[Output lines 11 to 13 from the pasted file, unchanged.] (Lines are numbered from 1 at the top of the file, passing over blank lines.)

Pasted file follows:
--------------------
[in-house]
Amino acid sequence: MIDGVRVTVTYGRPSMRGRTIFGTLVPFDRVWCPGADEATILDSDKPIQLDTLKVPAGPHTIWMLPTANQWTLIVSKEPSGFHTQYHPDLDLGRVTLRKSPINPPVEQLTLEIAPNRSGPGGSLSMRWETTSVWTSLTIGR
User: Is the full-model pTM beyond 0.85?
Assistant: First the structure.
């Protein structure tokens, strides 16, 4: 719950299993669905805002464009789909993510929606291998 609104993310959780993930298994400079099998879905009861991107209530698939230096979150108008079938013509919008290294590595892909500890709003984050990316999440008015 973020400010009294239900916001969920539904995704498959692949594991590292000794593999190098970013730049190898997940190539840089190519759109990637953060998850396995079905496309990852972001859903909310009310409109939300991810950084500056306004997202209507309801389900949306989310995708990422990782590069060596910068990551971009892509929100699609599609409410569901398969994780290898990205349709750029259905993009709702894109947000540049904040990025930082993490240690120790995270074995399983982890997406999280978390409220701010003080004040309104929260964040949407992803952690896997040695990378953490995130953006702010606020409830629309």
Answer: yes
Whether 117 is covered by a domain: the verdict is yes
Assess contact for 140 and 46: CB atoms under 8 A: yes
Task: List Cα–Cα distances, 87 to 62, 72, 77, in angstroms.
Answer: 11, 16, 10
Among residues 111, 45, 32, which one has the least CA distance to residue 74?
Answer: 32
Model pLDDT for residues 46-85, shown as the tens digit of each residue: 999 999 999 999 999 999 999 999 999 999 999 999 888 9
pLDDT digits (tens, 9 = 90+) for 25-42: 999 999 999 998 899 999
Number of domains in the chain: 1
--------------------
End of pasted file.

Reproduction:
Among residues 111, 45, 32, which one has the least CA distance to residue 74?
Answer: 32
Model pLDDT for residues 46-85, shown as the tens digit of each residue: 999 999 999 999 999 999 999 999 999 999 999 999 888 9